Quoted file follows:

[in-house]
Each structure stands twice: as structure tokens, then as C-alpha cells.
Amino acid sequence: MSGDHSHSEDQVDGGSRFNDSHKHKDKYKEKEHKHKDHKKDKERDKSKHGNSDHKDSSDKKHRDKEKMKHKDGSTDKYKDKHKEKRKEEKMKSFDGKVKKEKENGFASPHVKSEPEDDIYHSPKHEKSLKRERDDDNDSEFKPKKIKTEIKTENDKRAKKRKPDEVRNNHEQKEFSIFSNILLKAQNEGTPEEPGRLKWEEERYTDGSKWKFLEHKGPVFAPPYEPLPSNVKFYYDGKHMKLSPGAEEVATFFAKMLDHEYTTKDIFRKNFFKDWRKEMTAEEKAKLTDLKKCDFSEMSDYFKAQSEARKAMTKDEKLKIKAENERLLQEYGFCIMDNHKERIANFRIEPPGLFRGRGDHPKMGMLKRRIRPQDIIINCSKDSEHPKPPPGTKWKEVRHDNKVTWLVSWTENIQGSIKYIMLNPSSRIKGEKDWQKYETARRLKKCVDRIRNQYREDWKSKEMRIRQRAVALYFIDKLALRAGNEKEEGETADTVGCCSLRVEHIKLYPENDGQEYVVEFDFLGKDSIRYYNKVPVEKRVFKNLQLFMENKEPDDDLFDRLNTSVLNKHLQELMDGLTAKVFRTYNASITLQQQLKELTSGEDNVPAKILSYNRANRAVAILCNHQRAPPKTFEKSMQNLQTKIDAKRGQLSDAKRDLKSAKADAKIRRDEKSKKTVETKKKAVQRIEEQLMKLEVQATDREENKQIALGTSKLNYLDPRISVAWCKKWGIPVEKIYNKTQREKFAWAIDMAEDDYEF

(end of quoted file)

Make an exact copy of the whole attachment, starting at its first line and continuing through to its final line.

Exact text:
[in-house]
Each structure stands twice: as structure tokens, then as C-alpha cells.
Amino acid sequence: MSGDHSHSEDQVDGGSRFNDSHKHKDKYKEKEHKHKDHKKDKERDKSKHGNSDHKDSSDKKHRDKEKMKHKDGSTDKYKDKHKEKRKEEKMKSFDGKVKKEKENGFASPHVKSEPEDDIYHSPKHEKSLKRERDDDNDSEFKPKKIKTEIKTENDKRAKKRKPDEVRNNHEQKEFSIFSNILLKAQNEGTPEEPGRLKWEEERYTDGSKWKFLEHKGPVFAPPYEPLPSNVKFYYDGKHMKLSPGAEEVATFFAKMLDHEYTTKDIFRKNFFKDWRKEMTAEEKAKLTDLKKCDFSEMSDYFKAQSEARKAMTKDEKLKIKAENERLLQEYGFCIMDNHKERIANFRIEPPGLFRGRGDHPKMGMLKRRIRPQDIIINCSKDSEHPKPPPGTKWKEVRHDNKVTWLVSWTENIQGSIKYIMLNPSSRIKGEKDWQKYETARRLKKCVDRIRNQYREDWKSKEMRIRQRAVALYFIDKLALRAGNEKEEGETADTVGCCSLRVEHIKLYPENDGQEYVVEFDFLGKDSIRYYNKVPVEKRVFKNLQLFMENKEPDDDLFDRLNTSVLNKHLQELMDGLTAKVFRTYNASITLQQQLKELTSGEDNVPAKILSYNRANRAVAILCNHQRAPPKTFEKSMQNLQTKIDAKRGQLSDAKRDLKSAKADAKIRRDEKSKKTVETKKKAVQRIEEQLMKLEVQATDREENKQIALGTSKLNYLDPRISVAWCKKWGIPVEKIYNKTQREKFAWAIDMAEDDYEF